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16 Dec 2016

#Review of #global #influenza #activity, October 2015–October 2016 (@WHO, edited)


Title: #Review of #global #influenza #activity, October 2015–October 2016.

Subject: Seasonal Human Influenza, activity surveillance report.

Source: World Health Organization (WHO), Weekly Epidemiological Record, full PDF file (LINK). Extract, edited.

Code: [     ]


Weekly epidemiological record / 16 DECEMBER 2016, 91th YEAR Nos. 51/52, 2016, 91, 601–624


Review of global influenza activity, October 2015–October 2016


This report summarizes the 2015–2016 influenza season in the temperate regions of the northern hemisphere, the 2016 influenza season in the temperate regions of the southern hemisphere, and influenza activity in tropical and subtropical regions. Where available, transmission characteristics, illness and mortality data are presented by geographic region and/or country. The report covers influenza activity data collected from October 2015 until the end of October 2016. The data presented have been derived primarily from reports published by national ministries of health or other official bodies, or reported to WHO through FluNet1 or FluID.2 Distributions of virus subtypes by transmission zone are shown in Map 1. For the purposes of this report, the peak of influenza activity is the month/week with the highest percentage of respiratory specimens testing positive for influenza viruses; influenza activity is based on the positivity rate for influenza. In some cases, the absolute counts of influenza detections are used if no denominator data on total samples processed are available.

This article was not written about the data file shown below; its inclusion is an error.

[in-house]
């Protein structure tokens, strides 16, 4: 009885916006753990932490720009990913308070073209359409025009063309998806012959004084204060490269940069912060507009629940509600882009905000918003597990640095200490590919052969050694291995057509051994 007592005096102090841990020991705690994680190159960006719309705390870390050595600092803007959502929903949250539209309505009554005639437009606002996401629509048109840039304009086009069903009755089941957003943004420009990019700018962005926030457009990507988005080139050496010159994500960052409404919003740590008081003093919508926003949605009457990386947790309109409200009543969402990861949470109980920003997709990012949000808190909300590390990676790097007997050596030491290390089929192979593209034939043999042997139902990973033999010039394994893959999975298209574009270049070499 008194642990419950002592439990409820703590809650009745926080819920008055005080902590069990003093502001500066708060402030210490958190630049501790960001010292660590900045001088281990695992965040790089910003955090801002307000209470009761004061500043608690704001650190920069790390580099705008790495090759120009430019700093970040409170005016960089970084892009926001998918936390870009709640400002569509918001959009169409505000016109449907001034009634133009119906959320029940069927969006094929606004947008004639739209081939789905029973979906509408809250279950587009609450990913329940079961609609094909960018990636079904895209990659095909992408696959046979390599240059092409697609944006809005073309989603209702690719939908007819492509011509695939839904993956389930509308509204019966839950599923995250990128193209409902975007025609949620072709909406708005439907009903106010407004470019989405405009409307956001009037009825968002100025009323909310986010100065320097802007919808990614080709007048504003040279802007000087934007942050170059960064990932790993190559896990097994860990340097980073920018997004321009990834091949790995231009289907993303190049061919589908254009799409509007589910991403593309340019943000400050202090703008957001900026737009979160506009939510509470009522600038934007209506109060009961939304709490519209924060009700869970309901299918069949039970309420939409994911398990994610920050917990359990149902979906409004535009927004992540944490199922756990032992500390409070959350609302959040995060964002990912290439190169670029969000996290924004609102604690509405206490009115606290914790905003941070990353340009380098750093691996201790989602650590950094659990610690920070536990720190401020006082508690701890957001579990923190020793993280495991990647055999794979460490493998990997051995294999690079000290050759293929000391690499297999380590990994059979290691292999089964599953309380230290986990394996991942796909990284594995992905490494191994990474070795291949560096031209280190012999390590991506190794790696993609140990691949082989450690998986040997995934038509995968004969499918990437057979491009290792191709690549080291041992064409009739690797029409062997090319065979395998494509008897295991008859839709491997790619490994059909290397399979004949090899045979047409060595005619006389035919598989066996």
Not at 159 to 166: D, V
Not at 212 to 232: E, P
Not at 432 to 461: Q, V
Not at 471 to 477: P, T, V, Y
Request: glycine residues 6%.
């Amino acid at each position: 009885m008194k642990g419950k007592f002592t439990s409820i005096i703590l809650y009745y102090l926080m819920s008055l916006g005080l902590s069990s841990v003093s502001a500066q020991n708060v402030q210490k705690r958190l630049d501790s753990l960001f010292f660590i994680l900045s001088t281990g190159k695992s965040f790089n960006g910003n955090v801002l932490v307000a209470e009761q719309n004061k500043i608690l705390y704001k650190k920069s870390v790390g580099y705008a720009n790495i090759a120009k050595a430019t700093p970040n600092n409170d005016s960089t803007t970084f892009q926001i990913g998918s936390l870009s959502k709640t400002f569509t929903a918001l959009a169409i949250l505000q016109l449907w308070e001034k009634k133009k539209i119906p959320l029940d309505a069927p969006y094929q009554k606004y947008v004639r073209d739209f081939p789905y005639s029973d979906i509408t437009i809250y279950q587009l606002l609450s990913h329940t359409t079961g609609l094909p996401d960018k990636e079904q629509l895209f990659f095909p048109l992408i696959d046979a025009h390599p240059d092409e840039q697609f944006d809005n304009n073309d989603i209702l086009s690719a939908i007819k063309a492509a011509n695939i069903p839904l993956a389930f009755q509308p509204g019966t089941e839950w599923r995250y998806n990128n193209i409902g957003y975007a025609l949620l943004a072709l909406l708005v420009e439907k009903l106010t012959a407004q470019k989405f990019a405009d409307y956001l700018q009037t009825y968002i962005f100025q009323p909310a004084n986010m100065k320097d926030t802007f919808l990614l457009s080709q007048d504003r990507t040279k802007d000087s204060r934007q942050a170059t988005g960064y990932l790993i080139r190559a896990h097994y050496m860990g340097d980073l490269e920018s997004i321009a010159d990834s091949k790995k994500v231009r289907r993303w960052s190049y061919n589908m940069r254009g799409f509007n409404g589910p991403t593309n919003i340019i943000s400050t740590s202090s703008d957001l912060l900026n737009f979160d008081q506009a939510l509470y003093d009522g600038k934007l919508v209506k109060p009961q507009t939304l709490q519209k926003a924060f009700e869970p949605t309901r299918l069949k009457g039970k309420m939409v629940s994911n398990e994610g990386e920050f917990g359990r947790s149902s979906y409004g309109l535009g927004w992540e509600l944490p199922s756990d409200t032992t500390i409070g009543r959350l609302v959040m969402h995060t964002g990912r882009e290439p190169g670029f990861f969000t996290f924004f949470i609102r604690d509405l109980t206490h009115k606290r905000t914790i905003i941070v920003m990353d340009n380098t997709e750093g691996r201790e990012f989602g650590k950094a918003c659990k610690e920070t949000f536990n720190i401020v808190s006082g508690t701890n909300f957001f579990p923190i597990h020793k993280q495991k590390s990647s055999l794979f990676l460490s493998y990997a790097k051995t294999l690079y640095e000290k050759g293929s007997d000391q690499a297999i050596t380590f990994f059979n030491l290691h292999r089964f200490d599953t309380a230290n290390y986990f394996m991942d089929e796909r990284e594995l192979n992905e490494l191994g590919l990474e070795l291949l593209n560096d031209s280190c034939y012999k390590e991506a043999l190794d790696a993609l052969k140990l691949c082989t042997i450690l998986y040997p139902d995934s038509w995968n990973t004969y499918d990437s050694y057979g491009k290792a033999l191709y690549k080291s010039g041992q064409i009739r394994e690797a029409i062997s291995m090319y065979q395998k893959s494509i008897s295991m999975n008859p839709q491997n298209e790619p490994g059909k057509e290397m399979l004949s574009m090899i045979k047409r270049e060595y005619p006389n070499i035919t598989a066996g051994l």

Review of the 2015–2016 influenza season  in the northern hemisphere